By GLENN RUTHERFORD
Ed Churchill has lived a life of “firsts.”
He was among the 20,000 African American men who enlisted in the U.S. Marine Corps at a time when that branch of the service was still resisting integration.
And when he’d done his tour of duty as a Marine drill instructor and eventually a company clerk, Churchill returned to his hometown of Louisville and, after a while, began another string of “firsts.”
Churchill served with the U.S. Postal Service for 14 years, then became the first black man to drive an Oertel’s ’92 delivery and sales truck.
“He also became the first black regional manager for the Brown-Forman Corporation,” said his daughter, Phyllis Myers. “And he was Brown-Forman’s first black vice-president.”
Myers spoke about her father prior to Mass on July 1 at St. Augustine Church at 1310 W. Broadway. With her and her father was his caregiver, Gloria Downing. And with all three of them was a replica of the Congressional Gold Medal that Churchill and 345 other former Marines had been presented the previous week in Washington, D.C.
The medals were presented by Congress during a special celebration June 28 — which included a parade — that recognized the service of the African American Marines.
Now age 86, Churchill says that some of the details of his journey into the Marine Corps all those years ago are difficult to recall. But they are certainly significant enough for the rest of the country to remember — that’s why Congress decided to award the men who were part of the Marine Corps’ first African American unit in 1942 with the highest honor that legislative branch of government can bestow.
Though Churchill was never asked to go overseas and fight either the Japanese, the Italians or the Germans during World War II, getting through the boot camp created for the African Americans was arduous on its own.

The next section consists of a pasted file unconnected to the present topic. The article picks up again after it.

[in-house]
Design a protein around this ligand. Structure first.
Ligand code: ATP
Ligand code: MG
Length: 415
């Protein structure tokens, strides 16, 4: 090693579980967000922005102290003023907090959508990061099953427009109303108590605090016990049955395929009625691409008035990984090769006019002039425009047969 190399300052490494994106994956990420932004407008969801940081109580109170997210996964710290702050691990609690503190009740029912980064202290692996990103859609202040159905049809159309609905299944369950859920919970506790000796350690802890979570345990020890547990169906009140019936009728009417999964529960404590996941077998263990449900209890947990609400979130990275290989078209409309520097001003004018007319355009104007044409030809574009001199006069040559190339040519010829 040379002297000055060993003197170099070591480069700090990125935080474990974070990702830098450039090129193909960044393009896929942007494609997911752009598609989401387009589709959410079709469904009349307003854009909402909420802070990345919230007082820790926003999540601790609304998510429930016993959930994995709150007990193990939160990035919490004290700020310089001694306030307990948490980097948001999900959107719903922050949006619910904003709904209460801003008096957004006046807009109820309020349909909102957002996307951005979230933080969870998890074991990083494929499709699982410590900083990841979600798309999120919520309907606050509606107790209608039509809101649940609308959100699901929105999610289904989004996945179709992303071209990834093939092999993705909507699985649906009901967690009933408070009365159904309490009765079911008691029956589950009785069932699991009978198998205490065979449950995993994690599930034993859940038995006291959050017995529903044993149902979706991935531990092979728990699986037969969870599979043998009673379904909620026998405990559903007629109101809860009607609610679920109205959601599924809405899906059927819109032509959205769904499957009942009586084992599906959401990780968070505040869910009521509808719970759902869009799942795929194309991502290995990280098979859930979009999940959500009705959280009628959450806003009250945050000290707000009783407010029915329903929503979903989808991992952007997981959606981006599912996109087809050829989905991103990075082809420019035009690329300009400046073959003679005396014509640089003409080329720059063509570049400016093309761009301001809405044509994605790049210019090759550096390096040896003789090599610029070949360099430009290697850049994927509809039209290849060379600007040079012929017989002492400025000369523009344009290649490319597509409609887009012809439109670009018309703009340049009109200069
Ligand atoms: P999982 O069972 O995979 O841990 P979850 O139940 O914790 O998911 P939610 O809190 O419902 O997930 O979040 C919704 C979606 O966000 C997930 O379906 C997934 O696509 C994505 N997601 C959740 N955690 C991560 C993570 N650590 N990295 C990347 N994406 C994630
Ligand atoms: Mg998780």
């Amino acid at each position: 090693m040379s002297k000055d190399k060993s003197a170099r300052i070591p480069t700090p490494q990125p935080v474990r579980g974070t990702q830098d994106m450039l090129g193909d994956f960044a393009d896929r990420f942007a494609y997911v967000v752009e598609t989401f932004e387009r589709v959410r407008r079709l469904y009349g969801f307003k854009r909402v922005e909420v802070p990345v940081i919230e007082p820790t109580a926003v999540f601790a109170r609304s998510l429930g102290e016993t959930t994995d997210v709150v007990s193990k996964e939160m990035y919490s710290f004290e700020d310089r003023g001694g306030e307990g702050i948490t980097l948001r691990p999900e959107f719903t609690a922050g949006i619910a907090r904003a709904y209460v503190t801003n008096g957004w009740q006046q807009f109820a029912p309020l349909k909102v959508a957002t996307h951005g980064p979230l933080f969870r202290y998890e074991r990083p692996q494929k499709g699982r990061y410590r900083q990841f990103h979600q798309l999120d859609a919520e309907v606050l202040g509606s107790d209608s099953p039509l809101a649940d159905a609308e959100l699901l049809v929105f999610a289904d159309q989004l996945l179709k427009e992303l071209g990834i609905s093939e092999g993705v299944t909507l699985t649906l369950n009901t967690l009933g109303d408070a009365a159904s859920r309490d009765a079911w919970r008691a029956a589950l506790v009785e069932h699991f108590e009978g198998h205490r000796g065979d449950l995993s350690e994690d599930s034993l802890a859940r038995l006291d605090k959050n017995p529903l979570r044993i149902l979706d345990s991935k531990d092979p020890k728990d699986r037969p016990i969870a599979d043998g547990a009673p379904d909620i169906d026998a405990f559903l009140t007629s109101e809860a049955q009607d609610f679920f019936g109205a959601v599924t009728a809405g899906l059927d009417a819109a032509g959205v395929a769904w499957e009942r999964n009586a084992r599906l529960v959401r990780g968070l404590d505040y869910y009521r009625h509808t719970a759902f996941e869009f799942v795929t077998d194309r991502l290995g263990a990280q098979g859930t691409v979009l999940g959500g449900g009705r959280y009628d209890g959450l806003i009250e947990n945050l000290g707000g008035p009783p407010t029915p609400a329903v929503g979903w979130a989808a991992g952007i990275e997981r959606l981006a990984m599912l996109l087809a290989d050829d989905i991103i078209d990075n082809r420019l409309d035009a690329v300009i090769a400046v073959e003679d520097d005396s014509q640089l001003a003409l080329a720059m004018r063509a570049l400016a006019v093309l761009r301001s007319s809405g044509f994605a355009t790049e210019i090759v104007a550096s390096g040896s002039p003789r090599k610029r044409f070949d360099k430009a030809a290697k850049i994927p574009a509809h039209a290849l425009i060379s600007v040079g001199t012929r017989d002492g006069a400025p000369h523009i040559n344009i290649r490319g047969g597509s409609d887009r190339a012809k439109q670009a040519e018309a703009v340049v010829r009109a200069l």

The men who made that effort were called Montford Point Marines — Montford Point was a special little section of Hades carved out of swamp and marsh land adjacent to the regular Marine training base at Camp Lejeune, N.C.
It was a bug and snake infested place, and Churchill recalls that the buildings standing there when the men first arrived for training were leftover from World War I. As part of their boot camp, the young black men were put to work building their own barracks.
“It was an uncomfortable place,” Churchill recalled during an interview on July 1 at St. Augustine.
As for the honor bestowed in Washington, Churchill noted that the trip and the decoration took him by surprise.
“I don’t remember any awards of that kind being given to black Marines before,” he said. “I do remember there weren’t any black Marine officers; all the officers were white.”
The award in D.C., for something accomplished so many years ago was “quite an experience,” he added.
“Though I was a DI (drill instructor) for a while, most of my experiences came as a military clerk,” he said. “Back then I couldn’t see making a career of the Marines, so after about three years I got out.”
When he returned to Louisville, he married and started his family. His wife, Mary Ann, is now deceased, as is a son, Eric. But still around to savor their father’s recent honor are daughters Phyllis Myers and Candus Churchill-Say, and son, Delma. Also accompanying him to last Sunday’s recognition service at St. Augustine was his caregiver, Gloria Downing.
Deacon James Turner noted in his remarks to the congregation about Ed Churchill, that the former Marine had helped integrate the service at a time when taking such steps was difficult.
“We want to always remember those who went before us, those who dared to take those first steps,” he said. “And like the Congress did last week, we want to recognize Mr. Ed Churchill for what he did for his country.”
Deacon Turner also noted that another man from Louisville, Clarence Hunt — who is not a St. Augustine parishioner but does belong to the church’s “Keen-Agers” senior club — was honored by Congress for his service as a Montford Point Marine.